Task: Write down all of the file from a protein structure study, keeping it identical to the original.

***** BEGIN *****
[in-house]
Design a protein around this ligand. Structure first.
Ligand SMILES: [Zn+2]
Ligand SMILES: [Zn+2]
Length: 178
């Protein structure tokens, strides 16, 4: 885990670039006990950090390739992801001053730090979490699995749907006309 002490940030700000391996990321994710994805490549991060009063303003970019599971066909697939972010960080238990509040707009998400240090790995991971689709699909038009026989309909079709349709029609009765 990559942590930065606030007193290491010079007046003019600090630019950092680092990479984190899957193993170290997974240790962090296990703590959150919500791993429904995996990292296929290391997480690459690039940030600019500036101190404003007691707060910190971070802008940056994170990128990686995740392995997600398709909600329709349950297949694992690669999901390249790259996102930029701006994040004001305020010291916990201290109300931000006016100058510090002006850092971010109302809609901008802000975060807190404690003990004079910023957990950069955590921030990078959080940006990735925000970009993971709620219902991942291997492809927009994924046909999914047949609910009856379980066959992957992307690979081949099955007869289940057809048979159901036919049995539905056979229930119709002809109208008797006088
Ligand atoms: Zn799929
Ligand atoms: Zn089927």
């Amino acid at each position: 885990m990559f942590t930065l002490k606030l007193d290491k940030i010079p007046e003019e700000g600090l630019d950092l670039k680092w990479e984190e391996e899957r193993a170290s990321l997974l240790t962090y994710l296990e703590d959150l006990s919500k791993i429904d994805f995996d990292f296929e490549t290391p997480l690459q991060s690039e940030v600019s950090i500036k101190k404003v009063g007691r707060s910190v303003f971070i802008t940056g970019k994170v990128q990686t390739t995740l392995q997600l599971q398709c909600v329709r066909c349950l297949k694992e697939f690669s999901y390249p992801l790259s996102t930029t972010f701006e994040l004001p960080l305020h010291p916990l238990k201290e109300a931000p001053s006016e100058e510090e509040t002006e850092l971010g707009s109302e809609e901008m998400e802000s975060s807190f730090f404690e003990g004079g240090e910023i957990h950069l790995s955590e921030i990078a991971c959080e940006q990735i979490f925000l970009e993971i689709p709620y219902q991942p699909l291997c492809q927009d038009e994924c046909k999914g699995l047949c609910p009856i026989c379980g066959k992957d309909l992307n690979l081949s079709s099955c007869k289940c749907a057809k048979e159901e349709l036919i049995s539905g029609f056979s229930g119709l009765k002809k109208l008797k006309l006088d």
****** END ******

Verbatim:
[in-house]
Design a protein around this ligand. Structure first.
Ligand SMILES: [Zn+2]
Ligand SMILES: [Zn+2]
Length: 178
């Protein structure tokens, strides 16, 4: 885990670039006990950090390739992801001053730090979490699995749907006309 002490940030700000391996990321994710994805490549991060009063303003970019599971066909697939972010960080238990509040707009998400240090790995991971689709699909038009026989309909079709349709029609009765 990559942590930065606030007193290491010079007046003019600090630019950092680092990479984190899957193993170290997974240790962090296990703590959150919500791993429904995996990292296929290391997480690459690039940030600019500036101190404003007691707060910190971070802008940056994170990128990686995740392995997600398709909600329709349950297949694992690669999901390249790259996102930029701006994040004001305020010291916990201290109300931000006016100058510090002006850092971010109302809609901008802000975060807190404690003990004079910023957990950069955590921030990078959080940006990735925000970009993971709620219902991942291997492809927009994924046909999914047949609910009856379980066959992957992307690979081949099955007869289940057809048979159901036919049995539905056979229930119709002809109208008797006088
Ligand atoms: Zn799929
Ligand atoms: Zn089927």
């Amino acid at each position: 885990m990559f942590t930065l002490k606030l007193d290491k940030i010079p007046e003019e700000g600090l630019d950092l670039k680092w990479e984190e391996e899957r193993a170290s990321l997974l240790t962090y994710l296990e703590d959150l006990s919500k791993i429904d994805f995996d990292f296929e490549t290391p997480l690459q991060s690039e940030v600019s950090i500036k101190k404003v009063g007691r707060s910190v303003f971070i802008t940056g970019k994170v990128q990686t390739t995740l392995q997600l599971q398709c909600v329709r066909c349950l297949k694992e697939f690669s999901y390249p992801l790259s996102t930029t972010f701006e994040l004001p960080l305020h010291p916990l238990k201290e109300a931000p001053s006016e100058e510090e509040t002006e850092l971010g707009s109302e809609e901008m998400e802000s975060s807190f730090f404690e003990g004079g240090e910023i957990h950069l790995s955590e921030i990078a991971c959080e940006q990735i979490f925000l970009e993971i689709p709620y219902q991942p699909l291997c492809q927009d038009e994924c046909k999914g699995l047949c609910p009856i026989c379980g066959k992957d309909l992307n690979l081949s079709s099955c007869k289940c749907a057809k048979e159901e349709l036919i049995s539905g029609f056979s229930g119709l009765k002809k109208l008797k006309l006088d």